Columnists: Brook Riley, Rockwool International

Published on: 15 Oct 2019

EU Efficiency Directive undermined by Member State accounting tricks

The beating heart of the EU’s Energy Efficiency Directive is its Article 7: the mandatory requirement for all Member States to achieve 1.5% energy savings every year.

In practice, this was watered down by a range of exemptions to just 0.7% per year in the 2014-2020 savings period, and a slightly better 0.8% in the 2021-2030 period (thanks to last year’s revision of the Directive).

But it turns out some countries have hit upon a loophole to weaken the goal even further. They do so by crediting ‘savings’ from tax measures. And they do this in a very disingenuous way. It all comes down to the difference between EU minimum tax levels and real tax levels in the Member States, which are often a lot higher.

Sweden, which pioneered the approach, estimates 1) the energy savings from its existing tax measures and 2) the savings if its tax levels were at the much lower EU minimum level  – then credits the difference as ‘additional’ savings. In practice, of course, they are not additional. I have seen an official presentation which openly admits this is a hypothetical scenario: there is zero intention of ever reducing tax levels.

Sweden’s saving grace is that it has a range of other energy savings measures, which it does not credit in its calculations (though it is questionable how much these other measures deliver). But other countries are using tax savings as an undiluted accounting trick. In a new study, Stefan Scheuer from the Coalition for Energy Savings and Jan Rosenow from the Regulatory Assistance Project conclude that tax dodges could render the whole 2014-2020 savings period meaningless. It is part of the reason why the EU is veering off course and failing to meet its overall 20% by 2020 energy savings goal.

Fortunately, the revised version of the Directive introduces safeguards which could fix the problem. And the European Commission seems determined to take action. I went through the key sections in the revised Directive with a legal expert:

The new Annex V section 2(a) introduces powerful wording on the need for additionality:Savings shall be shown to be additional to those that would have occurred in any event

Annex V section 2(i) specifies that the calculation of energy savings shall take into account the lifetime of the measures and the rate at which savings decline over time

The underlined wording is new. The Commission apparently had in mind consumer information policies, which demonstrably lose impact over time. But the wording can apply equally well to the dwindling impacts of taxation. For example, Member States could credit X savings from a tax measure for the first year, but only X-1 for the second and X-2 for the third.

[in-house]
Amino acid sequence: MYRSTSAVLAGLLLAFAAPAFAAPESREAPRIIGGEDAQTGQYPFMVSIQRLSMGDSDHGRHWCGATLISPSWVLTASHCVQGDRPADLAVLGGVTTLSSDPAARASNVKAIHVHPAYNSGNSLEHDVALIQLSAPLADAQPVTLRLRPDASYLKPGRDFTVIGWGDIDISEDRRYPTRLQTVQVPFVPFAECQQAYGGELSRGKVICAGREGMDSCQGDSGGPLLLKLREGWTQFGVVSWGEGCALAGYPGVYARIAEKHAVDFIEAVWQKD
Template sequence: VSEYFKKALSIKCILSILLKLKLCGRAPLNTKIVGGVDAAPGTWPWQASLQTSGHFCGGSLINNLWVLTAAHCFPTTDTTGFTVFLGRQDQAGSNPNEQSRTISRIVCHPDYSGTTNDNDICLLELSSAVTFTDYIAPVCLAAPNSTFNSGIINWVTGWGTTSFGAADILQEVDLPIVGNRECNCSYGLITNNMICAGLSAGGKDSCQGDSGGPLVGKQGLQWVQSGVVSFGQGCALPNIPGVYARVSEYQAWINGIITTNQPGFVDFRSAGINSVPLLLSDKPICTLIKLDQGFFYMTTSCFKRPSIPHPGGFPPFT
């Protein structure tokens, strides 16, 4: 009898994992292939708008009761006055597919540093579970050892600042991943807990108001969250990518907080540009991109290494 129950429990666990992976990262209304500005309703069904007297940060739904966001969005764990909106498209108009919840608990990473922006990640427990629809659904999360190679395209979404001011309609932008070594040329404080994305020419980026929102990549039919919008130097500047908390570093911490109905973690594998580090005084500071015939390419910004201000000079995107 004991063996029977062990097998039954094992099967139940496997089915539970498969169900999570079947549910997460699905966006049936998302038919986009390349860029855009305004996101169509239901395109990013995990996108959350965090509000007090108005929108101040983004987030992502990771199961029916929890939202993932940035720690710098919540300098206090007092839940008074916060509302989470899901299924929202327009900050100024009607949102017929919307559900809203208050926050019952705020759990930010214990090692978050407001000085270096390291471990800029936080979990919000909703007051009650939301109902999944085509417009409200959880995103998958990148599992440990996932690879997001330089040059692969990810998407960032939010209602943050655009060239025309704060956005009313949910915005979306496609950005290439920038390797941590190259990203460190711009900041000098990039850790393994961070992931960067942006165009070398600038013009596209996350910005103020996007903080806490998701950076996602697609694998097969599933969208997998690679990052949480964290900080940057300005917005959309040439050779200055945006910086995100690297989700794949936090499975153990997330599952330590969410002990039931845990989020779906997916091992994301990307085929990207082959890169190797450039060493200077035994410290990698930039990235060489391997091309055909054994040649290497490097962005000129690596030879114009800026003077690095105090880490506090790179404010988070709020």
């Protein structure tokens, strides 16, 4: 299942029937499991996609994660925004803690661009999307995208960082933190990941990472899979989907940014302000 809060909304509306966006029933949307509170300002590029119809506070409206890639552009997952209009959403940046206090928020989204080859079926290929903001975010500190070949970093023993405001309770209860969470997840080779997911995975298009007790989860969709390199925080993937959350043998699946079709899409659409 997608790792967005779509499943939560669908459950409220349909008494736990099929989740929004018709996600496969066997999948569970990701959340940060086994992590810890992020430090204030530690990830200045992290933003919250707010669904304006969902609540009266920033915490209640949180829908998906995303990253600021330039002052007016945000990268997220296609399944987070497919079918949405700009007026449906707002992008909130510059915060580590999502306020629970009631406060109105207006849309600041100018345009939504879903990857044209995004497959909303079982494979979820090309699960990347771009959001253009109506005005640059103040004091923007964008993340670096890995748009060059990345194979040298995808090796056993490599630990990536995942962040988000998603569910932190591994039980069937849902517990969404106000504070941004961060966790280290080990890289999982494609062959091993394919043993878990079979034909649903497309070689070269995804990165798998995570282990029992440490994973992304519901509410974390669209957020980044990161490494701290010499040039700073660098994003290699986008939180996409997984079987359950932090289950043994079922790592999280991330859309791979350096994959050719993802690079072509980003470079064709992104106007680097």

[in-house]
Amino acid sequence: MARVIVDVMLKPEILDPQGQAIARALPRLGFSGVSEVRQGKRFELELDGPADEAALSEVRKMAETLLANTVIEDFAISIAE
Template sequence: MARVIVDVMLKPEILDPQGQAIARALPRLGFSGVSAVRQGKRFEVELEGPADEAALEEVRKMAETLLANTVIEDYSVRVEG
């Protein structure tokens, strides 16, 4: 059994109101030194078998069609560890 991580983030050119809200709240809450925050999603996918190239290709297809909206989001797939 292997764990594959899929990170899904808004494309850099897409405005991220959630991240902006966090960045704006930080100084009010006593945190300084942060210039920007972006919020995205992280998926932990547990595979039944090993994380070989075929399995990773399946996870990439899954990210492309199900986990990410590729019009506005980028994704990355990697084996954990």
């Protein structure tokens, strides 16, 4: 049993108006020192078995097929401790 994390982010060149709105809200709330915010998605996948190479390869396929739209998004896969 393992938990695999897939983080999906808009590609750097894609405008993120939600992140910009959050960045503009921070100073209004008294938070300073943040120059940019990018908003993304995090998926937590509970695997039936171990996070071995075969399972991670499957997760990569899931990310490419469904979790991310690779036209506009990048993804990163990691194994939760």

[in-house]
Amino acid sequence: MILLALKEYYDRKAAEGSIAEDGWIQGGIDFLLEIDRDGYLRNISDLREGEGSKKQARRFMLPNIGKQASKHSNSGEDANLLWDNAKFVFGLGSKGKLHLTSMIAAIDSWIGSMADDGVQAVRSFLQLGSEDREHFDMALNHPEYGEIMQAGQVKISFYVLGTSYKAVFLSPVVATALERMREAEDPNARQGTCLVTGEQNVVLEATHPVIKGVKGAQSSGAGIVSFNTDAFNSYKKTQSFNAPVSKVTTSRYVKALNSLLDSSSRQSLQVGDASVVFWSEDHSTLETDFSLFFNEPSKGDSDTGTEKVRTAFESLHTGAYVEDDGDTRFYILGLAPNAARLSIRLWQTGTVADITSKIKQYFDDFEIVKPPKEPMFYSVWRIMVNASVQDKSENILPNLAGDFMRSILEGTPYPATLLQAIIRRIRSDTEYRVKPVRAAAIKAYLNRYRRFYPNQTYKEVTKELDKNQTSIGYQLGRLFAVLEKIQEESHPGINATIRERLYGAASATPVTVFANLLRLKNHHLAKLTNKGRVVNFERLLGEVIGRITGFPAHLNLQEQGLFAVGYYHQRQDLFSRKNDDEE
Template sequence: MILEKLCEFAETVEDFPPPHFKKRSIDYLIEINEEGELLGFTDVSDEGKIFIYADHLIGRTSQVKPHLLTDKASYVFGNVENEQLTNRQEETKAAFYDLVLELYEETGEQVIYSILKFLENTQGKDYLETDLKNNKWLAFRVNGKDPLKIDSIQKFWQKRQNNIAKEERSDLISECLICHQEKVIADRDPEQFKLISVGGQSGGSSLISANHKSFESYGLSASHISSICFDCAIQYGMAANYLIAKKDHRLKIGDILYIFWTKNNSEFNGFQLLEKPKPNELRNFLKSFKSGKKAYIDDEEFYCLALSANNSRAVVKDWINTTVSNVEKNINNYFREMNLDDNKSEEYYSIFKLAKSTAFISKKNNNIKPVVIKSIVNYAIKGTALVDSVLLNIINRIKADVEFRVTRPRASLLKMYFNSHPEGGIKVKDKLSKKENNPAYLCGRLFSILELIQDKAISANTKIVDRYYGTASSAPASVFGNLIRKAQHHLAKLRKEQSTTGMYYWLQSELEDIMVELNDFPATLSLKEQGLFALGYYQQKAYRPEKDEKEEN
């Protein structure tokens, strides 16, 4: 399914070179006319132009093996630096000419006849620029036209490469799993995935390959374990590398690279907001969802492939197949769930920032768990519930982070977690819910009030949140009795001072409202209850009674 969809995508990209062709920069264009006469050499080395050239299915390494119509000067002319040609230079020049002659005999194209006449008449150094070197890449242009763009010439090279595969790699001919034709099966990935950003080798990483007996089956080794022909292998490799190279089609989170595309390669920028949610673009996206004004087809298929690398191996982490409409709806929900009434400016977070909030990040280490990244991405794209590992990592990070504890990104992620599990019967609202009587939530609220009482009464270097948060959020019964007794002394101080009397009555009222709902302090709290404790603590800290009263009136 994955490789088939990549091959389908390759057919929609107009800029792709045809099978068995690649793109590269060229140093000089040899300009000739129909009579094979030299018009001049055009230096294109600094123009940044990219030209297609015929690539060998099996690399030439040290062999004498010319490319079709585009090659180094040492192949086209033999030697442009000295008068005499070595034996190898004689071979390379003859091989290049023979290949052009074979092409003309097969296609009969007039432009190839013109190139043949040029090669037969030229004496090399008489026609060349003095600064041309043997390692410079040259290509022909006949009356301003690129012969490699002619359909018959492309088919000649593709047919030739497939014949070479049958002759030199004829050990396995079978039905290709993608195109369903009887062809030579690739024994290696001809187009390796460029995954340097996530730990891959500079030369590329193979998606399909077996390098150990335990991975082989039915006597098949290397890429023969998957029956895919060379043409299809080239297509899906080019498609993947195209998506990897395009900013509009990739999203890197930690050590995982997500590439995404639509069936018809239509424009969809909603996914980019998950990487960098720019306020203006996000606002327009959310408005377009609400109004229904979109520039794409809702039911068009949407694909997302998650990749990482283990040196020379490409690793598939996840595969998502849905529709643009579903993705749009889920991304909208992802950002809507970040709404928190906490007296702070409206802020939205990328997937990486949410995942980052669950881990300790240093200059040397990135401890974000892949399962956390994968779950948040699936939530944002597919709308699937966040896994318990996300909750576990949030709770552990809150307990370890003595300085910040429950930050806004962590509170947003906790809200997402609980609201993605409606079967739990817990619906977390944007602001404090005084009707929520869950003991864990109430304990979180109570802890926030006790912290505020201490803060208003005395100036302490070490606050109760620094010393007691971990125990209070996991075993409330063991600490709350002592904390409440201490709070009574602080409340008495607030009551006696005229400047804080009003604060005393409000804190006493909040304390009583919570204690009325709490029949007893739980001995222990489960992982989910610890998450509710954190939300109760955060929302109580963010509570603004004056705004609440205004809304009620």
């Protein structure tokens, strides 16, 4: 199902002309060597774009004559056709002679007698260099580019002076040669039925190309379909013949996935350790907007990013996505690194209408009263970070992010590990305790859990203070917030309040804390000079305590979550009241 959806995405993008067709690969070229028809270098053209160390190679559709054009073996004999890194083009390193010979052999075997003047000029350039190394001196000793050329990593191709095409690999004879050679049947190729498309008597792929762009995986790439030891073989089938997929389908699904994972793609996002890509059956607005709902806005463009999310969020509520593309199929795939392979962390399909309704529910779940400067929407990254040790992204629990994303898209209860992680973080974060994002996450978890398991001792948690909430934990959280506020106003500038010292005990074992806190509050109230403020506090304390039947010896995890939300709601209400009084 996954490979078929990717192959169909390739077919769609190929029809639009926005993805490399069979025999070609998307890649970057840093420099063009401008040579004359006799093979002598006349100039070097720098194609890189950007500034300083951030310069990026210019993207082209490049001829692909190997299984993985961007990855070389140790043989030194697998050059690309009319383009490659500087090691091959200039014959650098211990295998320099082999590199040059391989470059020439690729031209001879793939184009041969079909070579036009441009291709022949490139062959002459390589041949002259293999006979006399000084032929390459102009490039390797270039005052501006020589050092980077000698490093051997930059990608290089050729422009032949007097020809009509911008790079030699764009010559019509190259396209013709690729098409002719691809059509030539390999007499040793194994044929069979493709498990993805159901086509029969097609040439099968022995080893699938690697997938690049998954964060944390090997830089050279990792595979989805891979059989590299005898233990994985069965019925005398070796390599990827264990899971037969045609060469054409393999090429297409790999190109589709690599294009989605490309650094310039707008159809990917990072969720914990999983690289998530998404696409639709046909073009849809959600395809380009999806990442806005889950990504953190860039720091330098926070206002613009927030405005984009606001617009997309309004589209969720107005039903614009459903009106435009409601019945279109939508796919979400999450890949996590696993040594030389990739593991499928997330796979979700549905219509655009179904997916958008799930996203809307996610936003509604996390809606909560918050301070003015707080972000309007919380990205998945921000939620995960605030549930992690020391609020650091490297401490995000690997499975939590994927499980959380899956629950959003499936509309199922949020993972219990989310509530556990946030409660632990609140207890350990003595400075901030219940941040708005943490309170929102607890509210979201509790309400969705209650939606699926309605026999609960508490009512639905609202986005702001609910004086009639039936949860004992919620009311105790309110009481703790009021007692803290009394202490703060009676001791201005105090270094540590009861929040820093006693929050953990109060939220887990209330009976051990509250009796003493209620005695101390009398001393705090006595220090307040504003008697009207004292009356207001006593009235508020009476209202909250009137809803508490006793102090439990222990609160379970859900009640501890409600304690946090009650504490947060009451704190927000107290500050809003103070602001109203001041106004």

Annex V section 3(h) says the activities of the participating party [...] are shown to be material to the achievement of the energy savings claimed

This excellent language isn’t new – it is a reformulation of the old Annex V2(c) from the 2012 version of the Energy Efficiency Directive. But here is the crucial point: the old version did not apply to taxation. The revised Directive does.

There is also the Article 2(18) definition from the 2012 Directive. It is unchanged in the revised version but taken together with the new text becomes a lot more powerful: ‘’Policy measuremeans a regulatory, financial, fiscal [...] instrument formally established and implemented in a Member State [...] to provide and purchase energy services and to undertake other energy efficiency improvement measures. If a government is merely counting paper tax savings, it is not undertaking any energy efficiency improvement measures per se - so Article 2(18) is an effective counter to wild-west tax measures being misused to meet energy savings requirements.

So the safeguards seem to add up. That said, the new wording does not ban Member States from using taxation. But there is now a toolbox of legal text to make it very hard to get away with paper savings - in the upcoming 2021-2030 period, at least.

What Member States need to remember is that this is not a game where legal experts try to outwit each other in their interpretation of the Energy Efficiency Directive. Behind the dry facts and numbers lies the real-world reality of unchecked greenhouse gas emissions, air pollution and energy poverty. That is what is at stake.

The views expressed in this column are those of the columnist and do not necessarily reflect the views of eceee or any of its members.

Other columns by Brook Riley